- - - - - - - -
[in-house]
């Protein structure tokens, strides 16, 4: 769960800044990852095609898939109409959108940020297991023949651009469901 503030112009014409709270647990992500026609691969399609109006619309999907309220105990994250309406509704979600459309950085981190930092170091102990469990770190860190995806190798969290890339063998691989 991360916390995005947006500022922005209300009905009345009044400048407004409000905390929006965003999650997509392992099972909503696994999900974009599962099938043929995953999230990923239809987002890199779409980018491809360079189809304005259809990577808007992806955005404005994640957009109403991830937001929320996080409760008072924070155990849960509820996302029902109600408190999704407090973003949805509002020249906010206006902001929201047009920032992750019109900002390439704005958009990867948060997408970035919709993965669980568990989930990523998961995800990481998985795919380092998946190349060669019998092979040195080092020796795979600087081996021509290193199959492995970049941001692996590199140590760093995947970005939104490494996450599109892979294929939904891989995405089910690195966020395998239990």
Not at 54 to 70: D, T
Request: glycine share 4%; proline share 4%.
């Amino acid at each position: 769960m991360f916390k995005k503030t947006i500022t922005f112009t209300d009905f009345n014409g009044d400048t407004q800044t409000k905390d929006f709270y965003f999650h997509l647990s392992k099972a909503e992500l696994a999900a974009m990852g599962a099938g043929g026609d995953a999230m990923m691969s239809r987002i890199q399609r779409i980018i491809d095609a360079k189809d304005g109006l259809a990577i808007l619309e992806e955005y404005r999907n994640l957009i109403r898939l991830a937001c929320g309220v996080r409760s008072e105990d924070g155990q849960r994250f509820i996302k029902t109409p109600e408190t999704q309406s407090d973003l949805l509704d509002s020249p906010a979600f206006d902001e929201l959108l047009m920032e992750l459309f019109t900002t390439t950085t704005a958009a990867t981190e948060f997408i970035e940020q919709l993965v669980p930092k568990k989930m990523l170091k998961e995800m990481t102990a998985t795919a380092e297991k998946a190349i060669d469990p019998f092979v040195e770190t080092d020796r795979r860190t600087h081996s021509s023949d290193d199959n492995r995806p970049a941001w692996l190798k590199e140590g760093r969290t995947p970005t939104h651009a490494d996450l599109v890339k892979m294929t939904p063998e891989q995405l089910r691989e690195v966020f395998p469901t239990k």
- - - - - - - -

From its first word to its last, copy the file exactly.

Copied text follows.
[in-house]
């Protein structure tokens, strides 16, 4: 769960800044990852095609898939109409959108940020297991023949651009469901 503030112009014409709270647990992500026609691969399609109006619309999907309220105990994250309406509704979600459309950085981190930092170091102990469990770190860190995806190798969290890339063998691989 991360916390995005947006500022922005209300009905009345009044400048407004409000905390929006965003999650997509392992099972909503696994999900974009599962099938043929995953999230990923239809987002890199779409980018491809360079189809304005259809990577808007992806955005404005994640957009109403991830937001929320996080409760008072924070155990849960509820996302029902109600408190999704407090973003949805509002020249906010206006902001929201047009920032992750019109900002390439704005958009990867948060997408970035919709993965669980568990989930990523998961995800990481998985795919380092998946190349060669019998092979040195080092020796795979600087081996021509290193199959492995970049941001692996590199140590760093995947970005939104490494996450599109892979294929939904891989995405089910690195966020395998239990």
Not at 54 to 70: D, T
Request: glycine share 4%; proline share 4%.
């Amino acid at each position: 769960m991360f916390k995005k503030t947006i500022t922005f112009t209300d009905f009345n014409g009044d400048t407004q800044t409000k905390d929006f709270y965003f999650h997509l647990s392992k099972a909503e992500l696994a999900a974009m990852g599962a099938g043929g026609d995953a999230m990923m691969s239809r987002i890199q399609r779409i980018i491809d095609a360079k189809d304005g109006l259809a990577i808007l619309e992806e955005y404005r999907n994640l957009i109403r898939l991830a937001c929320g309220v996080r409760s008072e105990d924070g155990q849960r994250f509820i996302k029902t109409p109600e408190t999704q309406s407090d973003l949805l509704d509002s020249p906010a979600f206006d902001e929201l959108l047009m920032e992750l459309f019109t900002t390439t950085t704005a958009a990867t981190e948060f997408i970035e940020q919709l993965v669980p930092k568990k989930m990523l170091k998961e995800m990481t102990a998985t795919a380092e297991k998946a190349i060669d469990p019998f092979v040195e770190t080092d020796r795979r860190t600087h081996s021509s023949d290193d199959n492995r995806p970049a941001w692996l190798k590199e140590g760093r969290t995947p970005t939104h651009a490494d996450l599109v890339k892979m294929t939904p063998e891989q995405l089910r691989e690195v966020f395998p469901t239990k």